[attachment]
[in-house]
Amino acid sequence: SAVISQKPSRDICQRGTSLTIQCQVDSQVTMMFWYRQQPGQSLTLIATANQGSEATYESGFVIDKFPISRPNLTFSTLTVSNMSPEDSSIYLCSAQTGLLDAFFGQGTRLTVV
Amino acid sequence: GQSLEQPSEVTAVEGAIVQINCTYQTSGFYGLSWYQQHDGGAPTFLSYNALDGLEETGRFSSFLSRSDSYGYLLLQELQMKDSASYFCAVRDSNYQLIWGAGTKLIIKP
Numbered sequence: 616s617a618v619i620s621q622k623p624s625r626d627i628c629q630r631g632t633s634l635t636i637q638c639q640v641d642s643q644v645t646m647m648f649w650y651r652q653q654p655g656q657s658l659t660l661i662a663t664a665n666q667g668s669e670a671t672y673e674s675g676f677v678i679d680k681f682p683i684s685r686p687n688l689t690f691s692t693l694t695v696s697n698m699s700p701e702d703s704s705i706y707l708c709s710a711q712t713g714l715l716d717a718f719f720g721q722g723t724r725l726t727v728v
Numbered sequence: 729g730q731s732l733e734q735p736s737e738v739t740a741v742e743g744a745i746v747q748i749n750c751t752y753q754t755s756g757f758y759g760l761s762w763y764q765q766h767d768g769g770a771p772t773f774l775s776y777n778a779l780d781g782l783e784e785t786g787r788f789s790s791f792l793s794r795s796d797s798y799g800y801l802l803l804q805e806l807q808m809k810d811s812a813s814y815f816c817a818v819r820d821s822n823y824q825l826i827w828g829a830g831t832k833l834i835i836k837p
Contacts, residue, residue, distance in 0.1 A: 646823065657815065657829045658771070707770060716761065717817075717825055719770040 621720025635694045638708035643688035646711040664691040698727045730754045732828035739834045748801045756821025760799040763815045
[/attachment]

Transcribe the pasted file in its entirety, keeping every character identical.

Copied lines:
[in-house]
Amino acid sequence: SAVISQKPSRDICQRGTSLTIQCQVDSQVTMMFWYRQQPGQSLTLIATANQGSEATYESGFVIDKFPISRPNLTFSTLTVSNMSPEDSSIYLCSAQTGLLDAFFGQGTRLTVV
Amino acid sequence: GQSLEQPSEVTAVEGAIVQINCTYQTSGFYGLSWYQQHDGGAPTFLSYNALDGLEETGRFSSFLSRSDSYGYLLLQELQMKDSASYFCAVRDSNYQLIWGAGTKLIIKP
Numbered sequence: 616s617a618v619i620s621q622k623p624s625r626d627i628c629q630r631g632t633s634l635t636i637q638c639q640v641d642s643q644v645t646m647m648f649w650y651r652q653q654p655g656q657s658l659t660l661i662a663t664a665n666q667g668s669e670a671t672y673e674s675g676f677v678i679d680k681f682p683i684s685r686p687n688l689t690f691s692t693l694t695v696s697n698m699s700p701e702d703s704s705i706y707l708c709s710a711q712t713g714l715l716d717a718f719f720g721q722g723t724r725l726t727v728v
Numbered sequence: 729g730q731s732l733e734q735p736s737e738v739t740a741v742e743g744a745i746v747q748i749n750c751t752y753q754t755s756g757f758y759g760l761s762w763y764q765q766h767d768g769g770a771p772t773f774l775s776y777n778a779l780d781g782l783e784e785t786g787r788f789s790s791f792l793s794r795s796d797s798y799g800y801l802l803l804q805e806l807q808m809k810d811s812a813s814y815f816c817a818v819r820d821s822n823y824q825l826i827w828g829a830g831t832k833l834i835i836k837p
Contacts, residue, residue, distance in 0.1 A: 646823065657815065657829045658771070707770060716761065717817075717825055719770040 621720025635694045638708035643688035646711040664691040698727045730754045732828035739834045748801045756821025760799040763815045